Prosecutors: Manafort wrote opinion article with a colleague in Russia



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WASHINGTON – While facing several felony charges, former Donald Trump campaign president Paul Manafort has been working on an opinion essay with a longtime colleague "Evaluated to have links" with a Russian intelligence service, according to court documents filed Monday by prosecutors working for special lawyer Robert Mueller.

In a court filing, prosecutors say that Manafort and the colleague tried to publish the opinion article under the name of another person and intended to influence the public opinion about their work in Ukraine. The opinion article was being drafted as late as last week, with Manafort currently under house arrest. Prosecutors did not name the colleague, but noted that the person is based in Russia.

Manafort is currently facing several felony charges related to allegations of money laundering and other financial crimes related to his political consulting work in Ukraine. He has been confined to his house while he works on a bond agreement with the government.

Manafort has denied any wrongdoing related to his work in Ukraine. A spokesman for Manafort declined to comment on the opinion article described by prosecutors.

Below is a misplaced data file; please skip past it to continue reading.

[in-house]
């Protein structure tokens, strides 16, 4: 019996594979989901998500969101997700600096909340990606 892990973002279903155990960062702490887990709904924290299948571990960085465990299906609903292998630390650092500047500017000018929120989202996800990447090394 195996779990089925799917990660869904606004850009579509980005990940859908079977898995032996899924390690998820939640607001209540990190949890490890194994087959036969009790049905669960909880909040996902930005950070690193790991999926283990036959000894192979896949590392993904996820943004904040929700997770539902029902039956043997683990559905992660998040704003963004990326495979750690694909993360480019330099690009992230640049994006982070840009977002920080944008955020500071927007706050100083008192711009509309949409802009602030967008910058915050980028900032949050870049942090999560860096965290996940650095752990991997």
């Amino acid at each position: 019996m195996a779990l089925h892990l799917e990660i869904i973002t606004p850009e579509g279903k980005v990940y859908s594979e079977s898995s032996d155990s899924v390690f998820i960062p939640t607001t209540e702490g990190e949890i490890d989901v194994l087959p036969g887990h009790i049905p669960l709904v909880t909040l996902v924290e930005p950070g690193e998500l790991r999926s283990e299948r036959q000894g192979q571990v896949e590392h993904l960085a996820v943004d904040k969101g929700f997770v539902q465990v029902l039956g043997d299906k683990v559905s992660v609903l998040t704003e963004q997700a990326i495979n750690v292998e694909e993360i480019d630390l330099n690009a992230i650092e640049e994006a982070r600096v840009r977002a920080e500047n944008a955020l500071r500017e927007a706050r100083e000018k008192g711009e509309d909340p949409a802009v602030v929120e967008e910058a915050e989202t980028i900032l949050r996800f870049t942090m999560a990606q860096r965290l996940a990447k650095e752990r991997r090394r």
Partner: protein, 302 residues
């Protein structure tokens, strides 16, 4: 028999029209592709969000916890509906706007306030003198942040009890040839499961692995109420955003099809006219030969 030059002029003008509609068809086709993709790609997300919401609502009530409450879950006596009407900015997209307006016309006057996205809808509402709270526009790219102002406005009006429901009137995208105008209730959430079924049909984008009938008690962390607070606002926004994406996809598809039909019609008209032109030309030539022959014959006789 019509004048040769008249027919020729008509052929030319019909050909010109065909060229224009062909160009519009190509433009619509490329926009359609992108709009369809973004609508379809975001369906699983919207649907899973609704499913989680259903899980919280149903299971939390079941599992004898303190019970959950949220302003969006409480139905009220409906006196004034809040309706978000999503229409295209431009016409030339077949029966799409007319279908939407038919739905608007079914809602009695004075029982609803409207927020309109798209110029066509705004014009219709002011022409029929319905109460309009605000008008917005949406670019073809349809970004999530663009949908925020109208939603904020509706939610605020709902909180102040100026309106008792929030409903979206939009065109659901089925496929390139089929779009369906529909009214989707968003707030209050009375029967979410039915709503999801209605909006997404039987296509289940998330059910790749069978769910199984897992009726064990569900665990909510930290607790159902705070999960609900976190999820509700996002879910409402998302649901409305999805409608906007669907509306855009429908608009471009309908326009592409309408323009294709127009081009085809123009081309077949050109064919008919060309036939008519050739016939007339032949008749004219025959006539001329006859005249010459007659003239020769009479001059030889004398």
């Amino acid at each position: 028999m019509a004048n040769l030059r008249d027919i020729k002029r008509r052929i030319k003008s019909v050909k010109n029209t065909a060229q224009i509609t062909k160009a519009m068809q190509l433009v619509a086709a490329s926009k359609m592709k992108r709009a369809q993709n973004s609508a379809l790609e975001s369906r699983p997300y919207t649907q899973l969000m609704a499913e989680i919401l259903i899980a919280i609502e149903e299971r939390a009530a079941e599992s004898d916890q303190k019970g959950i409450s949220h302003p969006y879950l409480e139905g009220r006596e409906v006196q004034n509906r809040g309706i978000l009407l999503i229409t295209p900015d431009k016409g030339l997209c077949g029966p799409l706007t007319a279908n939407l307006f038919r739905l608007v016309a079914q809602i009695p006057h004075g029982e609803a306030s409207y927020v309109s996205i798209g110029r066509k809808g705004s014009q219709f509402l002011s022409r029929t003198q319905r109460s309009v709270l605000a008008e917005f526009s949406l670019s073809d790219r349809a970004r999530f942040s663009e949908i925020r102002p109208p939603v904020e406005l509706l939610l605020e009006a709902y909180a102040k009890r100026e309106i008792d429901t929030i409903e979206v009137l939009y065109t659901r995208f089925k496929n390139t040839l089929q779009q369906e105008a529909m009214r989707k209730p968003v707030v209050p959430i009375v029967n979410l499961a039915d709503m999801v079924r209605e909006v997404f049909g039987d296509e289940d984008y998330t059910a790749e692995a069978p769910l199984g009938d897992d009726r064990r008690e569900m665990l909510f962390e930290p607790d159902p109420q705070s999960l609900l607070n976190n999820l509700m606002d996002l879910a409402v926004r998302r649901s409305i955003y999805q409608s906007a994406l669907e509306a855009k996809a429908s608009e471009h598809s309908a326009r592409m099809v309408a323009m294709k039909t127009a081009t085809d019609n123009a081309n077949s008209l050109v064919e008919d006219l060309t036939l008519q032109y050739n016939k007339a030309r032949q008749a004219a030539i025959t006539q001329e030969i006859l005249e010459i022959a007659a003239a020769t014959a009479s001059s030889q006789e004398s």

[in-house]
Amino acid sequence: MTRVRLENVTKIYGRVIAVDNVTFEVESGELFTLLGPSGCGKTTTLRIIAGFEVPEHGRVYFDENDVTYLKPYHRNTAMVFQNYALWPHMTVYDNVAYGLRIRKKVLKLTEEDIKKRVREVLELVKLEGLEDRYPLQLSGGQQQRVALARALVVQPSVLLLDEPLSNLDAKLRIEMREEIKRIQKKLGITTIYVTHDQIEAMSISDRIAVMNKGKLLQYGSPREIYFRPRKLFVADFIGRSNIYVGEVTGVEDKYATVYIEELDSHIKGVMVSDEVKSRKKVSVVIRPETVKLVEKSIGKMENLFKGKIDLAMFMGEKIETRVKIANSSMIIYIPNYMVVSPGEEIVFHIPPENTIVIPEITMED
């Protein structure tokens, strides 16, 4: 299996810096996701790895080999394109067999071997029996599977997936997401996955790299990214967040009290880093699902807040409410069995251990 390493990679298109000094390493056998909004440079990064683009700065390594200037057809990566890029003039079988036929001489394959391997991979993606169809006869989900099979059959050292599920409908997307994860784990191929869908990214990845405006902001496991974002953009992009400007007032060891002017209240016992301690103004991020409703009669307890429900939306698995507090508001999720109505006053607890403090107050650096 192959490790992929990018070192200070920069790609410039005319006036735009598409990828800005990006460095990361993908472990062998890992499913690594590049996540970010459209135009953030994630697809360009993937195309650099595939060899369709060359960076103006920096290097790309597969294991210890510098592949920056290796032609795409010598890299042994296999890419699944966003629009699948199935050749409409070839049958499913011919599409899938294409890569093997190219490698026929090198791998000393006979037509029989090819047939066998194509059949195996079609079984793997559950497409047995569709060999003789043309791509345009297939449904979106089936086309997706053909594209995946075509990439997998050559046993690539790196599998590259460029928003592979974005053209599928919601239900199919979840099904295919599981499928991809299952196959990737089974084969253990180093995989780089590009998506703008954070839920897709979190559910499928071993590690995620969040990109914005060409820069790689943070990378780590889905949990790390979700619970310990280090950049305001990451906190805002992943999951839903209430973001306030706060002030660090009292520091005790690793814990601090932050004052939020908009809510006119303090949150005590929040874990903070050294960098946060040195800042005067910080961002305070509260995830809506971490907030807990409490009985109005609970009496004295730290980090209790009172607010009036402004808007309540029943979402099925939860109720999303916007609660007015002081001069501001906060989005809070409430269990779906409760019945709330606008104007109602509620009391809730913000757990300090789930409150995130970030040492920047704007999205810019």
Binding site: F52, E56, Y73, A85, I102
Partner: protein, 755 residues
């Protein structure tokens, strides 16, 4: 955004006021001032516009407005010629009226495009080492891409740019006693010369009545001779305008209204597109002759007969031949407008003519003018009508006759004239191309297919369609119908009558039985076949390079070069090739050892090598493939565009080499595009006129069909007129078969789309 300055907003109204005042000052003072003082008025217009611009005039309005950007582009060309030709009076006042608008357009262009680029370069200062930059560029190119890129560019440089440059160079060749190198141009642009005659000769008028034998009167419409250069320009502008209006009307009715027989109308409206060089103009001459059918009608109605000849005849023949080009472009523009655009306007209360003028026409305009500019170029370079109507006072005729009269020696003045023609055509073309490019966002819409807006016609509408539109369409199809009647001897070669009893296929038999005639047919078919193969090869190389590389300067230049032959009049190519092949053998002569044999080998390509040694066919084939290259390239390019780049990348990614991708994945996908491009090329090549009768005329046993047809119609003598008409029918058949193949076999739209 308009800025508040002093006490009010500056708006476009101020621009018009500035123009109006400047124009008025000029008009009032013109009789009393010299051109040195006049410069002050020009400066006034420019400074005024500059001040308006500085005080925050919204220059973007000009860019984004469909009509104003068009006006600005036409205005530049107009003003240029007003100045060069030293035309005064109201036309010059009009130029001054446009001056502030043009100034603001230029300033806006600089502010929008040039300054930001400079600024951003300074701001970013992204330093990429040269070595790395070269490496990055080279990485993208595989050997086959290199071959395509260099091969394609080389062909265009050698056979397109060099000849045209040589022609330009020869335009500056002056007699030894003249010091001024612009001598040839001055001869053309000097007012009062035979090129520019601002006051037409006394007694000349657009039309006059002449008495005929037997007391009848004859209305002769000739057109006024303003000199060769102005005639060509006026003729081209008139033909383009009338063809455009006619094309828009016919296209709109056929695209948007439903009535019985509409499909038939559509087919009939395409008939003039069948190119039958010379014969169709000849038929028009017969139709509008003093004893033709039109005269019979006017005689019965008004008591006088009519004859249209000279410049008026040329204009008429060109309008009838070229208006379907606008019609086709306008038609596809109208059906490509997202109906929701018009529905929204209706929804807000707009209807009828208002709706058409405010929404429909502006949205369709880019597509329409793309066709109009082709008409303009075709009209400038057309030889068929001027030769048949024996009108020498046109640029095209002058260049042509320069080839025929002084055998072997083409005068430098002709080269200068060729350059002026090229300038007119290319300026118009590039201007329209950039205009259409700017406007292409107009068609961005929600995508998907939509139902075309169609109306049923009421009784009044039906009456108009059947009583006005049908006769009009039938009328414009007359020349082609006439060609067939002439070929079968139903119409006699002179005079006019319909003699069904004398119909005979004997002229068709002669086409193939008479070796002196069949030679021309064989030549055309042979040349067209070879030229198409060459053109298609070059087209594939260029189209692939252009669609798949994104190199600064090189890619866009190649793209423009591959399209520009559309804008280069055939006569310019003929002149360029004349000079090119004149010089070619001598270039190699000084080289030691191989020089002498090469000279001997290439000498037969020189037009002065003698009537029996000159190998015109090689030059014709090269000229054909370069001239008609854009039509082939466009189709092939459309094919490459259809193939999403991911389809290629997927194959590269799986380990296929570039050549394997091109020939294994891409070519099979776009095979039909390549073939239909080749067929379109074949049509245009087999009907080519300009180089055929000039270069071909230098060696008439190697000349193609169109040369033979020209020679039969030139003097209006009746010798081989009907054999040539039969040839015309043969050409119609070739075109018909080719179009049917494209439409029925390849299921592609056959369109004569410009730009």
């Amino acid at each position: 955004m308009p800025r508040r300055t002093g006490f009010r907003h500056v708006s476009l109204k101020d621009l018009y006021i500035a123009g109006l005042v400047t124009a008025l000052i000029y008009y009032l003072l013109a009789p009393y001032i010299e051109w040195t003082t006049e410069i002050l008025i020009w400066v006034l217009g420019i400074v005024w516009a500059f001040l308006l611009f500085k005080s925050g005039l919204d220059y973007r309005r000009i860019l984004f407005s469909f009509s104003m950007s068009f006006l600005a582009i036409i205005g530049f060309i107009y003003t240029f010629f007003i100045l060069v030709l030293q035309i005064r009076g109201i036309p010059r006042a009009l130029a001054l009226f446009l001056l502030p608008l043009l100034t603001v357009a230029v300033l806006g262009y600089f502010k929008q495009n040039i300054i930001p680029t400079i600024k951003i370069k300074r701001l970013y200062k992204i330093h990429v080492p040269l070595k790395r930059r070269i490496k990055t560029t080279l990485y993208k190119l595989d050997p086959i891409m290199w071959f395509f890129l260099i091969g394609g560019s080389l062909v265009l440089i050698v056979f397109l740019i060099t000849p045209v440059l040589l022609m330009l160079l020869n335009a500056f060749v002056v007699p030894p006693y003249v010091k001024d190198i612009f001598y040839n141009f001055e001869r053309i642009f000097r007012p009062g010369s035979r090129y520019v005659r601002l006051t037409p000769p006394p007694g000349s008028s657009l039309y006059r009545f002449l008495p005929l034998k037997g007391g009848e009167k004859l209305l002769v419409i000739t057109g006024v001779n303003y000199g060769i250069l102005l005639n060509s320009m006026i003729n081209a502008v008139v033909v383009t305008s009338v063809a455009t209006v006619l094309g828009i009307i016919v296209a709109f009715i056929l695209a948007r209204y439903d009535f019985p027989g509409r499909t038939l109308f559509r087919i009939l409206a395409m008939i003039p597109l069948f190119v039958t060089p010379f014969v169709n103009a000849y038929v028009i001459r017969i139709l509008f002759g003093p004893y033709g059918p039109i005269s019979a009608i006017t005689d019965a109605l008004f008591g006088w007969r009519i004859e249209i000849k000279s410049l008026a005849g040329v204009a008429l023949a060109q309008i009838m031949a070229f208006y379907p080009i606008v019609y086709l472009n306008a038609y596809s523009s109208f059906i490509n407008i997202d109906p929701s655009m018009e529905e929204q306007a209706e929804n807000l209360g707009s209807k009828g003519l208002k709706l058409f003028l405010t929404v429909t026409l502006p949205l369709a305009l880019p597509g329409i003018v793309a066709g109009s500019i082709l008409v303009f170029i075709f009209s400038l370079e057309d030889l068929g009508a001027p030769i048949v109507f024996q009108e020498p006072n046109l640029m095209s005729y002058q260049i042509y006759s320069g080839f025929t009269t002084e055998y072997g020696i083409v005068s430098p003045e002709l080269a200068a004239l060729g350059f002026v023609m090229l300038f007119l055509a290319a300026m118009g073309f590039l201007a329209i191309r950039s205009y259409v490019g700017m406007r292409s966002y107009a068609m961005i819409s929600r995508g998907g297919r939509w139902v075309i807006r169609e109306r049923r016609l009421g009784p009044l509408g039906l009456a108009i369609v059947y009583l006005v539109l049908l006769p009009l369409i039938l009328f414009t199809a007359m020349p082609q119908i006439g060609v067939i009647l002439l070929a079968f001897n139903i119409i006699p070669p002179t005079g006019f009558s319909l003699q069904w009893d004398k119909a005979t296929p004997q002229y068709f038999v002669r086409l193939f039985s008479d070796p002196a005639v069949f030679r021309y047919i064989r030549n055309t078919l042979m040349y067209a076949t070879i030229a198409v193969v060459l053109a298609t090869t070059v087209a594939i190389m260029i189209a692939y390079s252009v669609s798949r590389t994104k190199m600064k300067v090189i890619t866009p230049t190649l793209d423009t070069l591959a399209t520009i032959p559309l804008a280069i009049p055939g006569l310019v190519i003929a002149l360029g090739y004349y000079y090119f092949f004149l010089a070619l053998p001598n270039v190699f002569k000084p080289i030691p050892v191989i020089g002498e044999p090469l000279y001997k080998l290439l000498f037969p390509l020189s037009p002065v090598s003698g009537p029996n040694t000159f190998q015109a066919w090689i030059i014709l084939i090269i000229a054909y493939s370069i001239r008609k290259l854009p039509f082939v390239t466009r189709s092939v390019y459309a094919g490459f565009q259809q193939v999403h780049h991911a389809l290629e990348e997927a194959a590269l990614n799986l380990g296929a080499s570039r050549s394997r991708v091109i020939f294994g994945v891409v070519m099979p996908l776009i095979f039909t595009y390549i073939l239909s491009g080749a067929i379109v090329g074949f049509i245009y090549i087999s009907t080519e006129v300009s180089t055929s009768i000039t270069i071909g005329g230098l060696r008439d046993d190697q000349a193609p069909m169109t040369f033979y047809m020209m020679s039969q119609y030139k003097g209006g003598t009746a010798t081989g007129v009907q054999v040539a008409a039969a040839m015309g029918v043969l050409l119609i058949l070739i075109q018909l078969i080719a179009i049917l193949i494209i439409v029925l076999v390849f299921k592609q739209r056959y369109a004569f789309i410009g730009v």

In the court filing, prosecutors say the opinion article seemed to violate a judge's warning last month to refrain from public statements.

"Even if the opinion piece written by the ghost was completely accurate, fair and balanced, it would be a violation of the November 8th Order of this Court if it had been published," prosecutors wrote. "The editorial clearly was undertaken to influence the public opinion of the defendant Manafort, or else there would be no reason to request its publication (let alone for Manafort and his long-time badociate to write secretly on behalf of another person)

added: "It complicates the problem that the proposed piece is not a dispbadionate recitation of the facts."

Prosecutors said they discovered efforts to publish the opinion article last Thursday and alerted Manafort's attorney, who badured prosecutors that "they were taken to make sure it was not going to be published."

At that time, Manafort was working to secure his release from confinement in the home by publishing more than $ 10 million in bonds, and according to court documents, he had reached a tentative agreement with the government. But after discovering the opinion article, Mueller's team is now opposed to the bail agreement proposed by Manafort.

Prosecutors did not disclose the opinion article in court documents to prevent it from being made public. Nor did they reveal the name by which the opinion piece written by the ghost would have been published.

Manafort and his long-time business badociate, Rick Gates, were formally indicted in October by a grand jury in Washington. They were the first people to face charges filed by the special lawyer's office.

Manafort led the Trump campaign for several months, including during the Republican National Convention. Gates also worked in a leading role in the campaign.

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